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Twelve euthanasia deaths predicted in first year, but Victoria had counted 52 deaths in six months

Untimely deaths: Six months after Victoria passed euthanasia laws, the state recorded more than 52 people ended their lives under the laws in the six months between June 19 and December 31 of last year.

VICTORIAN authorities have recorded 52 deaths in the first six months since euthanasia became available in the state.

The government had expected one death per month, but were instead counting two deaths per week between June 19 and December 31.

Of those 52 people who died, 43 people swallowed the fatal medication themselves and nine people had their doctor administer it for them.

The statistics were revealed in the inaugural six-monthly report from the Victorian Voluntary Assisted Dying Review Board. 

The figures far exceeded Victoria Premier Daniel Andrews predictions, based on overseas experience, that about 12 people would die in the first year under what he called a “conservative model” for euthanasia.

“And we would think that number would settle at around 100, 150 per year in the years after,” he said.

The figures emerged as the reporting deadline fast approached for the Queensland parliamentary inquiry into aged care, end-of-life and palliative care and voluntary assisted dying.

A report is expected by March 31.

The Victorian figures were also a concern for Western Australia, which passed its own euthanasia laws in December last year.

Western Australia’s laws, which would come into effect mid-2021, were widely criticised for having fewer safeguards than the Victorian legislation.

This was particularly concerning because the Victorian Opposition Leader Michael O’Brien already stressed the high numbers of administrative errors under the Victorian scheme.

The report revealed “83 per cent of cases required forms to be returned for clarification or provision of missing eligibility information”.

The report also stated that 19 applications for voluntary assisted dying permits had been withdrawn, for reasons including “administrative error or confirmation of death by means other than voluntary assisted dying”.

“I’m very interested to find out, what are those administrative errors?” Mr O’Brien said.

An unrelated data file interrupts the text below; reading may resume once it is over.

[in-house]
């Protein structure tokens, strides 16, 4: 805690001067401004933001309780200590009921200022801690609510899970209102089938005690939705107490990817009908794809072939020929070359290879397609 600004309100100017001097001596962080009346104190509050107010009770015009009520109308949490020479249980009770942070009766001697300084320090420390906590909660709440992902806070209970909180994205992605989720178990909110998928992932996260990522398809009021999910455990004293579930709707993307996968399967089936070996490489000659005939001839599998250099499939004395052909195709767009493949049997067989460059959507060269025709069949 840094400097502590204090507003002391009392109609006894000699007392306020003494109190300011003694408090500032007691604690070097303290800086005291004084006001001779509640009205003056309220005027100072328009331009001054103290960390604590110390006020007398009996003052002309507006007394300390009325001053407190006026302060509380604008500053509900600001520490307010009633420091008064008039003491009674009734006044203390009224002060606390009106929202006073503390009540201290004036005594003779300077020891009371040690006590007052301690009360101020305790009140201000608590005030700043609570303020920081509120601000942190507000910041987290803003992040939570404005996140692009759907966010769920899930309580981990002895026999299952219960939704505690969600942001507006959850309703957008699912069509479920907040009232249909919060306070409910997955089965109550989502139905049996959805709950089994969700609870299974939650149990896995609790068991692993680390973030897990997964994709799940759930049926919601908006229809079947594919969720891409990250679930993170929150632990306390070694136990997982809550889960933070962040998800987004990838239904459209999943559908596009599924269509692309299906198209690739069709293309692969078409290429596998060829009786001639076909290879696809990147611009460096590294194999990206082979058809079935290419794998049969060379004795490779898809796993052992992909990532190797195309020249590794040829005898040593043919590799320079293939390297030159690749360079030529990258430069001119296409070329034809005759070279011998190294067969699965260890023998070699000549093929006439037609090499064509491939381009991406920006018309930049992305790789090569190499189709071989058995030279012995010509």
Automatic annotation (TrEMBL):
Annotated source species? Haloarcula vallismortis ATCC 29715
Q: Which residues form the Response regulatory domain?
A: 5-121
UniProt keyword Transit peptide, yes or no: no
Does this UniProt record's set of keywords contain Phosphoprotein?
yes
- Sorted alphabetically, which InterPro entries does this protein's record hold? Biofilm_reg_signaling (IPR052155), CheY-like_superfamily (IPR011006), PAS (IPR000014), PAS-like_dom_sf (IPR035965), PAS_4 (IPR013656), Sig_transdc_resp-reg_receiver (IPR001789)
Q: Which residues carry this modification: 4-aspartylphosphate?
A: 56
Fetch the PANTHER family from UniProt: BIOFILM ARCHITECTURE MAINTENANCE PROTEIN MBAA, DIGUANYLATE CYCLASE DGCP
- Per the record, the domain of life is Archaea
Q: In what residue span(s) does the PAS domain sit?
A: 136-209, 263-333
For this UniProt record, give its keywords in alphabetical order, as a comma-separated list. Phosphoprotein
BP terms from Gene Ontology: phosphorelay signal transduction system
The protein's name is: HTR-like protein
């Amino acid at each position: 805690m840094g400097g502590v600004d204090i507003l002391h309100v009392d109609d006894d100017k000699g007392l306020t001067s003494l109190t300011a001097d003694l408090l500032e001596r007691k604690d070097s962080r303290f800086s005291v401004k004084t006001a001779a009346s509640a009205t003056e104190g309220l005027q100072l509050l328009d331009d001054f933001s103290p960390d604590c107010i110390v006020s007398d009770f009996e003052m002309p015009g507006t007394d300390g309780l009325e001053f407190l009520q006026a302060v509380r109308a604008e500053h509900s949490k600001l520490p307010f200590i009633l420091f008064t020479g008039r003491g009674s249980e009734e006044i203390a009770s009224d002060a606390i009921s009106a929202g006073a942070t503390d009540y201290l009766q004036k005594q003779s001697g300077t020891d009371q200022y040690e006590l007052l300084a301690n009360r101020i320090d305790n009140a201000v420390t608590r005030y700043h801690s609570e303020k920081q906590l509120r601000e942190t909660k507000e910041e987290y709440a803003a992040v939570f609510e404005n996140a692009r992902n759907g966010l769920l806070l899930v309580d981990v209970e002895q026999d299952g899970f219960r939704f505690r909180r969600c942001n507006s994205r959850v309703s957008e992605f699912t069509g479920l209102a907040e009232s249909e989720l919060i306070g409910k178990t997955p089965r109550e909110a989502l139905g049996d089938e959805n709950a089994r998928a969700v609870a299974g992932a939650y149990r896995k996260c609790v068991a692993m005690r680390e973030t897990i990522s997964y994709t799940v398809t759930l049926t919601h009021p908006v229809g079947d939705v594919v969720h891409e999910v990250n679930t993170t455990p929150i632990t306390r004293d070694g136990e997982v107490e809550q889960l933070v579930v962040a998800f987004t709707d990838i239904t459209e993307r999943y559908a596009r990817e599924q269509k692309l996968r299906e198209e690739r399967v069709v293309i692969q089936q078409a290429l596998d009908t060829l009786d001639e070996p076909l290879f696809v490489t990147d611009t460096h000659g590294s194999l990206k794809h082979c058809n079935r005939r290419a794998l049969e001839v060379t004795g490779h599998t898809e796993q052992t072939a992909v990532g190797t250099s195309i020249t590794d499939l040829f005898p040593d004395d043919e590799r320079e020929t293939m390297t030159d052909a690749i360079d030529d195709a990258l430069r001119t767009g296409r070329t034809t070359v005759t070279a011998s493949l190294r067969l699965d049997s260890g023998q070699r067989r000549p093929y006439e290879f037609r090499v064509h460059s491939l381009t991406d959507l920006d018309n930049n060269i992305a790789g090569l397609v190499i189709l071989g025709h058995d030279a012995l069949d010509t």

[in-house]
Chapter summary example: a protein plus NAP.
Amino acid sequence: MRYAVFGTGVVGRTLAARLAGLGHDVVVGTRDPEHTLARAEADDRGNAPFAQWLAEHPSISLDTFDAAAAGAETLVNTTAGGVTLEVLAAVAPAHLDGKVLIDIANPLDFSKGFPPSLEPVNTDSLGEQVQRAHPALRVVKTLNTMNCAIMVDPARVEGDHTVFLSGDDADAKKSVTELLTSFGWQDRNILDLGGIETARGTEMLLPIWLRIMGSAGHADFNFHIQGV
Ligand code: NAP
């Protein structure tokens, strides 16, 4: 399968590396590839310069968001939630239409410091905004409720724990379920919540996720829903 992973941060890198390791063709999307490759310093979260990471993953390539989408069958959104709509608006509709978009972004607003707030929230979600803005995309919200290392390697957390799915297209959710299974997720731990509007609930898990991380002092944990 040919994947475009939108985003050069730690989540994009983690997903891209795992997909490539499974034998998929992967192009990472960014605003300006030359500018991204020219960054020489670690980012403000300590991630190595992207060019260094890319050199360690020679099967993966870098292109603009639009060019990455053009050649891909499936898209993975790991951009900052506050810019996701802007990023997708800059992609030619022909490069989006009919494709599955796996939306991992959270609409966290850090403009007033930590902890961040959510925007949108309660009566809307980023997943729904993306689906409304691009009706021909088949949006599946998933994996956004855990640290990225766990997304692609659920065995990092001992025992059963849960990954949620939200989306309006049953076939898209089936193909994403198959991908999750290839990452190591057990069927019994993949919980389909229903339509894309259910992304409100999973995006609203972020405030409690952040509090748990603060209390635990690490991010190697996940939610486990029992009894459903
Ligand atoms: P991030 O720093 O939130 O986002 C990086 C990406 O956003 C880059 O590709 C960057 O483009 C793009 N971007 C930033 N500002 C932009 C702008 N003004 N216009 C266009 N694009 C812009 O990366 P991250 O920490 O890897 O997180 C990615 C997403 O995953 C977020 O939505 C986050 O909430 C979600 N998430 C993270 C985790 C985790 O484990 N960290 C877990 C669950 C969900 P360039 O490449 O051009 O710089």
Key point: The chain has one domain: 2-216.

Right to Life Australia president Margaret Tighe said the figures out of Victoria were “not surprising”.

“As we predicted – once the genie is out of the bottle and doctors have been given the power to end life, at a patient’s request, the siren song of an early death will become very seductive,” she said.

“After all, it will become easier and quicker and cheaper to kill than to provide adequate palliative care for all Victorians.

“On the one hand Victorian society calls for more suicide prevention and on the other hand it embraces physician-assisted suicide.”

In the first six months, 136 people commenced the assessment process and only one person was rejected, with 135 people deemed eligible at their first assessment.

Of the 102 who went for a consulting assessment, 100 were deemed eligible.

In this pool, 19 applications were withdrawn, which left 70 people who were approved for assisted suicide and another 11 were approved for euthanasia.

This meant, in addition to the 52 deaths in the first six months, another 29 have been approved to die.

Victorian Labor frontbencher Marlene Kairouz told The Australian she was deeply concerned about the number of people “committing suicide” under the Andrews Government’s euthanasia laws.

Ms Kairouz was one of five lower house Labor MPs who used their conscience vote to oppose Labor’s legislation. She said the Andrews Government was otherwise working hard to lower suicide rates across the community.

“We have a Minister for Mental Health who is doing some really wonderful work to lower the suicide rates,” she said.

“It’d be no surprise to anybody that I have some concerns about the number of people who are taking their lives (under the voluntary assisted dying scheme).”

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